Nutrigenetics studies the role of genetic variation on interactions between diet and health, aiming to provide more personalized dietary advice. However, replication has been low. Our aim was to study interaction among a functional APOA2 polymorphism, food intake, and body mass index (BMI) in independent populations to replicate findings and to increase their evidence level.
Cross-sectional, follow-up (20 years), and case-control analyses were undertaken in 3 independent populations. We analyzed gene-diet interactions between the APOA2 −265T>C polymorphism and saturated fat intake on BMI and obesity in 3462 individuals from 3 populations in the United States: the Framingham Offspring Study (1454 whites), the Genetics of Lipid Lowering Drugs and Diet Network Study (1078 whites), and Boston–Puerto Rican Centers on Population Health and Health Disparities Study (930 Hispanics of Caribbean origin).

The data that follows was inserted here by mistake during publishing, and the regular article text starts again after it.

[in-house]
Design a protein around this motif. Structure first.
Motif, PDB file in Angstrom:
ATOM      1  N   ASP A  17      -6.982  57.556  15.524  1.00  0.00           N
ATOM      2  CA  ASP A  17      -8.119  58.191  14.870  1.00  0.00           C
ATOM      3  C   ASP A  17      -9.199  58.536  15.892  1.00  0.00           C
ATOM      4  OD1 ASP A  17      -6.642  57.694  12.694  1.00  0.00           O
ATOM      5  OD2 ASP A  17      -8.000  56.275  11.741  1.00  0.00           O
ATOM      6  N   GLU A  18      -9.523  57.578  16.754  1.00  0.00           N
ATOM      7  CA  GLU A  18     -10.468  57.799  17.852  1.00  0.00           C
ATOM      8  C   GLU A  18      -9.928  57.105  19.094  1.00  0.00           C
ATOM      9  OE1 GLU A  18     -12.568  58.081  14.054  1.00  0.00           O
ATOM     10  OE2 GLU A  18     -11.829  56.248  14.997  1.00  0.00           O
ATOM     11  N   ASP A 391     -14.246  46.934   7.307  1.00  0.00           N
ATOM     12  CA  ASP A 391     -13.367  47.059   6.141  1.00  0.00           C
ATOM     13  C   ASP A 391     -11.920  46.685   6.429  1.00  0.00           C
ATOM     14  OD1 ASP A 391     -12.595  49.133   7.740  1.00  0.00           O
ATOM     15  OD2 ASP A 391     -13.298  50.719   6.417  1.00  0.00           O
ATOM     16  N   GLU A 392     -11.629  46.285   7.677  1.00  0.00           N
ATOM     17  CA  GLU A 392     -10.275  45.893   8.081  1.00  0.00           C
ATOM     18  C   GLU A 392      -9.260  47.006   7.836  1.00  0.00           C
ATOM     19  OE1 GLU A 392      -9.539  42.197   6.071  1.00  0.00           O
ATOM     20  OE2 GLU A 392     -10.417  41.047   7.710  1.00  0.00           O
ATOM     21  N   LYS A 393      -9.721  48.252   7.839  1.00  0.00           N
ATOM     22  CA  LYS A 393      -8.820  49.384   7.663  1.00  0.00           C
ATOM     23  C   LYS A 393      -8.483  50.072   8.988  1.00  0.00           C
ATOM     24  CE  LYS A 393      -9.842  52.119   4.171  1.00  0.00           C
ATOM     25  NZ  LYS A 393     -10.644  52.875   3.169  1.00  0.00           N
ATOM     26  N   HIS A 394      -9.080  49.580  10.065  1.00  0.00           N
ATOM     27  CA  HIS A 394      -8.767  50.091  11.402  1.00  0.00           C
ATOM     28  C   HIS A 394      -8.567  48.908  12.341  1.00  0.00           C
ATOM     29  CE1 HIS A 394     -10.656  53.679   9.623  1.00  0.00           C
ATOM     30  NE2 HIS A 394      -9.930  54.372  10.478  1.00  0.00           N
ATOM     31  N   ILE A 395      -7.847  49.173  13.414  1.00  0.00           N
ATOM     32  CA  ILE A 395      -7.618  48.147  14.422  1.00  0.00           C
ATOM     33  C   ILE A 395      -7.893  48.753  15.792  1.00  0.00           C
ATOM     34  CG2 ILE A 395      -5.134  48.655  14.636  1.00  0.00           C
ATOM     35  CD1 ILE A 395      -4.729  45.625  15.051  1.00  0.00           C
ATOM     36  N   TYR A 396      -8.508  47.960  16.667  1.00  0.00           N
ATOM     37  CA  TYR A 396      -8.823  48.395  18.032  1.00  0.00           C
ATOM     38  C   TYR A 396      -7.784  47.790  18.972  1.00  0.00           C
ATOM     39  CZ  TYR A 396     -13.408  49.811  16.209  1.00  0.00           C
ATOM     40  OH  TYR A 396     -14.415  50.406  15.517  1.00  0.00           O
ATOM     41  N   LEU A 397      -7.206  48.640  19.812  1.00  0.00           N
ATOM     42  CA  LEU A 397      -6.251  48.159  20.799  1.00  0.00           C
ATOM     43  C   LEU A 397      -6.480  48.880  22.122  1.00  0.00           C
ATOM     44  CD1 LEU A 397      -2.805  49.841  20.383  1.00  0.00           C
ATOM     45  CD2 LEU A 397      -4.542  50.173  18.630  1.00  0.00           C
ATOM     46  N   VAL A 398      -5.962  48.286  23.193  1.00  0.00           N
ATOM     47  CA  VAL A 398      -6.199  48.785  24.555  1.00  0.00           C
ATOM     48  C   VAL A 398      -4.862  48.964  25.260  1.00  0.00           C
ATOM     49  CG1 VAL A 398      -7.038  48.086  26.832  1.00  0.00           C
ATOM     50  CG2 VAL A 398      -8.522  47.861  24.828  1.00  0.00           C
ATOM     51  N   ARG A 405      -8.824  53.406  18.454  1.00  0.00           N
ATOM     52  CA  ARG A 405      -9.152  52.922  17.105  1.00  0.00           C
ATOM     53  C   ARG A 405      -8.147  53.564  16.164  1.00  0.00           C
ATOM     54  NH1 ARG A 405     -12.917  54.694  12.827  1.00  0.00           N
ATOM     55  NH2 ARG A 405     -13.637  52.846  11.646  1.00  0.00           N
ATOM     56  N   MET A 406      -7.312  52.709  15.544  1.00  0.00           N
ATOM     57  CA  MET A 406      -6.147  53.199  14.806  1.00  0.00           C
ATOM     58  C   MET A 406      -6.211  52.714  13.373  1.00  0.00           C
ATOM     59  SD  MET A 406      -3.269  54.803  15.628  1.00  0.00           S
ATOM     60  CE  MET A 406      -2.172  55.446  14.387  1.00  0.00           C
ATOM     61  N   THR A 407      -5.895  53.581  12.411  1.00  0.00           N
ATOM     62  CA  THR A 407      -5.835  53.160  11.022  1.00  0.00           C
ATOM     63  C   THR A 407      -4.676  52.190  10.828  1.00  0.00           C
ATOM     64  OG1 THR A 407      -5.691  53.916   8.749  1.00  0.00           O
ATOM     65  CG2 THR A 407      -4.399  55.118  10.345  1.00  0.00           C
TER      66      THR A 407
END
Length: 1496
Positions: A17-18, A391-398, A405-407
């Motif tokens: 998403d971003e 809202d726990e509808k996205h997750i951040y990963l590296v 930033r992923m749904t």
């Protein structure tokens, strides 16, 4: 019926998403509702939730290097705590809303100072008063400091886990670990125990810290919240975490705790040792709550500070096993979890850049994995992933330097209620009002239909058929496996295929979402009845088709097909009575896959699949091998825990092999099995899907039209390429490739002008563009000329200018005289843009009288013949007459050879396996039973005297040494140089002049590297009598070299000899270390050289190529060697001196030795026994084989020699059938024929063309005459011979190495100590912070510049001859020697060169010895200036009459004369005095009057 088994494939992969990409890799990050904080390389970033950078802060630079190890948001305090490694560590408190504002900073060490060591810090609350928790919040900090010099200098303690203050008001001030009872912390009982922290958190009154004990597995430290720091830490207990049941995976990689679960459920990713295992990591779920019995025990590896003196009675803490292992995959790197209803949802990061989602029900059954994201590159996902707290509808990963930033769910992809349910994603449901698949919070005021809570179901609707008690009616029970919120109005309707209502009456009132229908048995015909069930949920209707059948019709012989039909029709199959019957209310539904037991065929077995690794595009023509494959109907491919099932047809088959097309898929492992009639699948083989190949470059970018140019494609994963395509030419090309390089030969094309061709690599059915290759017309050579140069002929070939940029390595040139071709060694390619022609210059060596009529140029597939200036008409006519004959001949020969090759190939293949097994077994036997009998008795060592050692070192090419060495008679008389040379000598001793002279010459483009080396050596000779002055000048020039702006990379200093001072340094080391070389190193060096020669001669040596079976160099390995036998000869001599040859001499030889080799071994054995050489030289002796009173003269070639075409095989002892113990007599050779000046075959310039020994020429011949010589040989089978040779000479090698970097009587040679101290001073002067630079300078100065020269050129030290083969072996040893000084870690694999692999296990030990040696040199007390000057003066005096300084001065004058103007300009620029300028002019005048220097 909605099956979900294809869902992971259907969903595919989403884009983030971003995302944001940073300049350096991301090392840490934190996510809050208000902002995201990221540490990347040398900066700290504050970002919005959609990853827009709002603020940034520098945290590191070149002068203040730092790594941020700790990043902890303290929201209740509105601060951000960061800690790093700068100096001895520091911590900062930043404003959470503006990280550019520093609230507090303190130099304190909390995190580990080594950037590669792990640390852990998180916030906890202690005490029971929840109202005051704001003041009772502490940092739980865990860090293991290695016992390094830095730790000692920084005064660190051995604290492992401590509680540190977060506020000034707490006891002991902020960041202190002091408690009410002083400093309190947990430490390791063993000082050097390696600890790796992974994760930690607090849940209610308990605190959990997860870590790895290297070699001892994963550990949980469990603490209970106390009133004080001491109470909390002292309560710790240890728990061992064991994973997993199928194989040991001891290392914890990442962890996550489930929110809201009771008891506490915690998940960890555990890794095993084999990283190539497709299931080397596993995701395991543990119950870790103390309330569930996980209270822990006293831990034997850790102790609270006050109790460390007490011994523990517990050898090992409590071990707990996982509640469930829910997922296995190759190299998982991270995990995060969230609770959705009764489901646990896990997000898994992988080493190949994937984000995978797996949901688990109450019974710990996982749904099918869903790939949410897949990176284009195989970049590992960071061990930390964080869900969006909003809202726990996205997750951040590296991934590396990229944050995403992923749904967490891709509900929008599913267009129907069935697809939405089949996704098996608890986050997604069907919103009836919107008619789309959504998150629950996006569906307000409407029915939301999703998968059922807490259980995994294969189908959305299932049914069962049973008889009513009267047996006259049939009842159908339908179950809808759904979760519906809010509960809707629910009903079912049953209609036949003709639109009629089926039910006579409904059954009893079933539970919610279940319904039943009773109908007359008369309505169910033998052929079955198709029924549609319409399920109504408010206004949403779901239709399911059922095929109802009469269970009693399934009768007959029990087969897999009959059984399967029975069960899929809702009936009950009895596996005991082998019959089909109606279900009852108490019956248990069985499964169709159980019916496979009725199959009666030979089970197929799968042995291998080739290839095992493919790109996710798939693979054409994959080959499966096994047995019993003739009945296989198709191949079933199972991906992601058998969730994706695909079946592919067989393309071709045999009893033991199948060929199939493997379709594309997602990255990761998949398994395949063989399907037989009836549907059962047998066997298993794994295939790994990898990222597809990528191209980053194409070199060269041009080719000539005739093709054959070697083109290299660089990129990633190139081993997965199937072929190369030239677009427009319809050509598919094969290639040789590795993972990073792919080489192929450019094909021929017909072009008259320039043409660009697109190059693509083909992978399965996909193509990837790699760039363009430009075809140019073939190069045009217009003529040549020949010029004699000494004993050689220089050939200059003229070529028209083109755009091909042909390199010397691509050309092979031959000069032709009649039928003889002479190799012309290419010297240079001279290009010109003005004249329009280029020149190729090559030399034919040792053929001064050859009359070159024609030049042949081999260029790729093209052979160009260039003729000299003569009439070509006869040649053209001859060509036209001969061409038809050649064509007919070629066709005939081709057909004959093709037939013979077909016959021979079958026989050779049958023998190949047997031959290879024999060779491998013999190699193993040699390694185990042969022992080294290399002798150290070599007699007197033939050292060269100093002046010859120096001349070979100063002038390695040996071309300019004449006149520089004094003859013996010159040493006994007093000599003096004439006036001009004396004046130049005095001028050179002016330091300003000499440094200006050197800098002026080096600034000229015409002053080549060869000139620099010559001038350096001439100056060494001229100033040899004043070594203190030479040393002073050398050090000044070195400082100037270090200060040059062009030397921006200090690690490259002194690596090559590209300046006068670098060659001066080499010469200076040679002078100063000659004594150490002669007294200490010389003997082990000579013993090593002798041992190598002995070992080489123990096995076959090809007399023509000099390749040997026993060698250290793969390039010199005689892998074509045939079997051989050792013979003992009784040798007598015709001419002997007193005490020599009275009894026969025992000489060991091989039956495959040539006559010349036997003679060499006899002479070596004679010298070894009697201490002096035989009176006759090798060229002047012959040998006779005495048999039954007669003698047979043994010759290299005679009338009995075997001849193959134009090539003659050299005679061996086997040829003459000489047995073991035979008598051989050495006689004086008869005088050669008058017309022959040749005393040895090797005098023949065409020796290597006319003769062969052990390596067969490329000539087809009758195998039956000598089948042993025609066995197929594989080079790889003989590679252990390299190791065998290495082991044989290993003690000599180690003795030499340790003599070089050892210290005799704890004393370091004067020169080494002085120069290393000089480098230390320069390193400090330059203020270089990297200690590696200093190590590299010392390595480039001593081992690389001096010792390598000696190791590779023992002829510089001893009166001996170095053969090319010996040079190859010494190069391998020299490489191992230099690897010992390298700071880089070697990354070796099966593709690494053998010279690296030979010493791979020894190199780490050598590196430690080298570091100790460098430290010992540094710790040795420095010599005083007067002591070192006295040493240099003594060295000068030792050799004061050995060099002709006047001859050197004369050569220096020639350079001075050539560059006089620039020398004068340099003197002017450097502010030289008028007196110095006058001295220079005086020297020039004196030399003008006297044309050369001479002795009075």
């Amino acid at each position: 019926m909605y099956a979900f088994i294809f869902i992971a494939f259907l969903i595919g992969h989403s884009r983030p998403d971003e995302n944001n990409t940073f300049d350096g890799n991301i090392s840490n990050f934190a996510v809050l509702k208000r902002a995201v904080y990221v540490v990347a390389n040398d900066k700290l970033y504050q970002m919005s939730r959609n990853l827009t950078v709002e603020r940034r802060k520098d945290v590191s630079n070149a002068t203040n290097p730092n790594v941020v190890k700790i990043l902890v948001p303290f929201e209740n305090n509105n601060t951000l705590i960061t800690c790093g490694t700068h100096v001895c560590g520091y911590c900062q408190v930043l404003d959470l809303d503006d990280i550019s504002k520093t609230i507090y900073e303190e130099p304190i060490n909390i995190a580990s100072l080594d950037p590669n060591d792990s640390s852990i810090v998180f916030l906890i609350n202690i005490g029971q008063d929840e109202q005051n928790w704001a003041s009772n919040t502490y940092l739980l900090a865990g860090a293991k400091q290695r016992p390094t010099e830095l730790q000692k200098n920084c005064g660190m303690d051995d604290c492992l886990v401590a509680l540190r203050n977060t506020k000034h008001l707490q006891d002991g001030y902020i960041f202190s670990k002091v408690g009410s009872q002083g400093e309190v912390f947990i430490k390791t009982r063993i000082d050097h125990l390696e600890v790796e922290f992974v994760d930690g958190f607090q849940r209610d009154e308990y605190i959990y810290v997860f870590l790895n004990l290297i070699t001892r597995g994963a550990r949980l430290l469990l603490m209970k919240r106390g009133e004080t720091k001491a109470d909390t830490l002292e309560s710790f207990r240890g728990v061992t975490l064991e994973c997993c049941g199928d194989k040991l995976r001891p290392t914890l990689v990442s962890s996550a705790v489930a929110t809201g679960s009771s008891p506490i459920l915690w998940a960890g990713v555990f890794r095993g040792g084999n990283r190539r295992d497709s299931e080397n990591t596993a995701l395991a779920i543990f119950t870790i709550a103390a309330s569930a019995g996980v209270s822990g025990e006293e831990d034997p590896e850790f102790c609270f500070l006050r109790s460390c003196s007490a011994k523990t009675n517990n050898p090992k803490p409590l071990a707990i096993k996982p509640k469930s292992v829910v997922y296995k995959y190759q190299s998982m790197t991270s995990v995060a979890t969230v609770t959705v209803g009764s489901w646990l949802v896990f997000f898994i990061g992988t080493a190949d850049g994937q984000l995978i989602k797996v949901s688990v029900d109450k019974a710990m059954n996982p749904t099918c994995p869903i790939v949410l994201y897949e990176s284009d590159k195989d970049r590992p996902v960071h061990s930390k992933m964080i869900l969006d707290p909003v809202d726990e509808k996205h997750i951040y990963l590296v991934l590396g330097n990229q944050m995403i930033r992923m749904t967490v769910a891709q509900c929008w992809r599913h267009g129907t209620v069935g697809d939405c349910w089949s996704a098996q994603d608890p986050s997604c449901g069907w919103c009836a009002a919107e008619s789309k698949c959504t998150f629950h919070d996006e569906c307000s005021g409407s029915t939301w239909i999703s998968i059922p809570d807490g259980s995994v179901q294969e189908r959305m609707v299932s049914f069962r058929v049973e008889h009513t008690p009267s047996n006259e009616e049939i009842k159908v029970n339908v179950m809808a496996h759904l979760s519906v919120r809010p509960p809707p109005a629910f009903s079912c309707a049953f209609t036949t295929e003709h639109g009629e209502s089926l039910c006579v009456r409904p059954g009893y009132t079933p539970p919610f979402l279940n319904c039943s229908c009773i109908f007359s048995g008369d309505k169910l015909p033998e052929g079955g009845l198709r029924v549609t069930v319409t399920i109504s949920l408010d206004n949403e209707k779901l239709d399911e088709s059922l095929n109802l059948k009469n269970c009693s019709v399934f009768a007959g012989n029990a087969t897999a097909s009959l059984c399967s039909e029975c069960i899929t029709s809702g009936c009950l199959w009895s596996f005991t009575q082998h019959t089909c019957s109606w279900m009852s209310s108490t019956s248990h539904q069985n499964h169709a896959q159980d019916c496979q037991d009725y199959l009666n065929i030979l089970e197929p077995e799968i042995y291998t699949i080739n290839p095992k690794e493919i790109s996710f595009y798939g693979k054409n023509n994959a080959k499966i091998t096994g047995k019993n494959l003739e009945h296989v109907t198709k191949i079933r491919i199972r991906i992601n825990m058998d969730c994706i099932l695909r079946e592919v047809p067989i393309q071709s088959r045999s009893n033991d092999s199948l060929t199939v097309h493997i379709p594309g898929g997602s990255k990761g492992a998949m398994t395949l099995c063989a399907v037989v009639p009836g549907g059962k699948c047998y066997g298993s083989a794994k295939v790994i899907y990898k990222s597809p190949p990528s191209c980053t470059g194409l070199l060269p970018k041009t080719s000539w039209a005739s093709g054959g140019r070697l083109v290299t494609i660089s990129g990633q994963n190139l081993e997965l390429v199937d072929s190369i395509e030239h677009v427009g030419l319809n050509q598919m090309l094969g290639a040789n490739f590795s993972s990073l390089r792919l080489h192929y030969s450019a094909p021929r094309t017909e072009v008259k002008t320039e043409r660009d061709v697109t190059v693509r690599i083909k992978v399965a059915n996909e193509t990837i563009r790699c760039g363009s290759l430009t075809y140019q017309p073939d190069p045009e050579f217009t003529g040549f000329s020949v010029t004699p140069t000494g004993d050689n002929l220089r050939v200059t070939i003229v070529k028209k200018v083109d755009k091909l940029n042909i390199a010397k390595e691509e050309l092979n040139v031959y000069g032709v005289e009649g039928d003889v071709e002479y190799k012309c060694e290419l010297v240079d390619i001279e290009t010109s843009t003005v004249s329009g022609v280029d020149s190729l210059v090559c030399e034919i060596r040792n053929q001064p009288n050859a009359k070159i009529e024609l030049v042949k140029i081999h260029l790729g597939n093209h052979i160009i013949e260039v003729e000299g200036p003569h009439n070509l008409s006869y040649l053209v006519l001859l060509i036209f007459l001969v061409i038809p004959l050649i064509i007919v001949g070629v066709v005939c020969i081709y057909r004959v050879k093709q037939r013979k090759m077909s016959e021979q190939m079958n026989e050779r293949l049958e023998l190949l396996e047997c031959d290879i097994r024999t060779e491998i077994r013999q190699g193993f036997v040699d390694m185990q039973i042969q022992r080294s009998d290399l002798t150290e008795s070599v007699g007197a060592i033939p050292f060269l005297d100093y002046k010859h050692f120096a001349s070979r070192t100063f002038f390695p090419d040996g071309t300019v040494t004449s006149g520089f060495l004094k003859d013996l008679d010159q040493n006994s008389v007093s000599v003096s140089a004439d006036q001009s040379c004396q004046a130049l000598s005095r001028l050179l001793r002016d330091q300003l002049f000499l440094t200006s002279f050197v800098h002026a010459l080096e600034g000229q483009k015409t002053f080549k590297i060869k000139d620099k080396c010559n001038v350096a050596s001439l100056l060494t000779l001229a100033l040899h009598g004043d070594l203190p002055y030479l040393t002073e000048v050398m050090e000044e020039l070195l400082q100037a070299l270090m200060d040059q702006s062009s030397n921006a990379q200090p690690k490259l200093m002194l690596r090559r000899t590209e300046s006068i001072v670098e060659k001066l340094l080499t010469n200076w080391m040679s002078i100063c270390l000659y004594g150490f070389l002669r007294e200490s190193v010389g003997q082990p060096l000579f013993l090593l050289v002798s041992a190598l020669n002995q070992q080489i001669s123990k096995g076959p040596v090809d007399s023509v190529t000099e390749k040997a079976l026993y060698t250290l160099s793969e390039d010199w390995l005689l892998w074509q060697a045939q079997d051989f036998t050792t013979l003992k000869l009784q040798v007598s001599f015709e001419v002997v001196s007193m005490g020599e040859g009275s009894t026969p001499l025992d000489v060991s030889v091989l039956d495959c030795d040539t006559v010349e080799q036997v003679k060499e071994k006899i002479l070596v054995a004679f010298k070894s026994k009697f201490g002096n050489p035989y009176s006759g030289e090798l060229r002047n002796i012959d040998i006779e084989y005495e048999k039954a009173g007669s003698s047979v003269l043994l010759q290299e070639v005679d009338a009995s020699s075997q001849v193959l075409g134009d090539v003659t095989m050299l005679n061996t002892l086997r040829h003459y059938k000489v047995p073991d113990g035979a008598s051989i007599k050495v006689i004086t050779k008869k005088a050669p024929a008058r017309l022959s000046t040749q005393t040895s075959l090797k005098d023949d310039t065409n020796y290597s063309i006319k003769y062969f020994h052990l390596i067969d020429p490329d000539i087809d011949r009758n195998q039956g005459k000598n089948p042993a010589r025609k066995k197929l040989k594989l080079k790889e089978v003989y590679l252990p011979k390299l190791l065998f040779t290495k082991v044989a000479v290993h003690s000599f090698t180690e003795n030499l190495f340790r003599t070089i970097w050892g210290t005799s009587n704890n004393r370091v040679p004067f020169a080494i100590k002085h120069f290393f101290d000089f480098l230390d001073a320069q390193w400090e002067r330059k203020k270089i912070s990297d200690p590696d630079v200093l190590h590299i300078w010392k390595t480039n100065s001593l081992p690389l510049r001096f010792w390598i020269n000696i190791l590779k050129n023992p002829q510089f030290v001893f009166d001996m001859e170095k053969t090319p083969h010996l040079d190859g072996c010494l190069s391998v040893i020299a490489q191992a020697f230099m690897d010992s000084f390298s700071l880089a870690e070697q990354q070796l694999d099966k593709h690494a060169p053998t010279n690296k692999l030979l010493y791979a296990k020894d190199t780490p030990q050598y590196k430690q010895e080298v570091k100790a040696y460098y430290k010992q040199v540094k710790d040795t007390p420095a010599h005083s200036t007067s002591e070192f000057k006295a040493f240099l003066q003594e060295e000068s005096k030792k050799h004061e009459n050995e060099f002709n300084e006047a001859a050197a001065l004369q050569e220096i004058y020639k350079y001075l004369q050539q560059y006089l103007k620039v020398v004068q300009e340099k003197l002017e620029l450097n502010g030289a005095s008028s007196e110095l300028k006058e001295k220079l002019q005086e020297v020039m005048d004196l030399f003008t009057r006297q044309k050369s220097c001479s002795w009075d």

Prevalence of the CC genotype in study participants ranged from 10.5% to 16.2%. We identified statistically significant interactions between the APOA2 −265T>C and saturated fat regarding BMI in all 3 populations. Thus, the magnitude of the difference in BMI between the individuals with the CC and TT+TC genotypes differed by saturated fat. A mean increase in BMI of 6.2% (range, 4.3%-7.9%; P = .01) was observed between genotypes with high– (≥22 g/d) but not with low– saturated fat intake in all studies. Likewise, the CC genotype was significantly associated with higher obesity prevalence in all populations only in the high–saturated fat stratum. Meta-analysis estimations of obesity for individuals with the CC genotype compared with the TT+TC genotype were an odds ratio of 1.84 (95% confidence interval, 1.38-2.47; P < .001) in the high–saturated fat stratum, but no association was detected in the low–saturated fat stratum (odds ratio, 0.81; 95% confidence interval, 0.59-1.11; P = .18).
For the first time to our knowledge, a gene-diet interaction influencing BMI and obesity has been strongly and consistently replicated in 3 independent populations.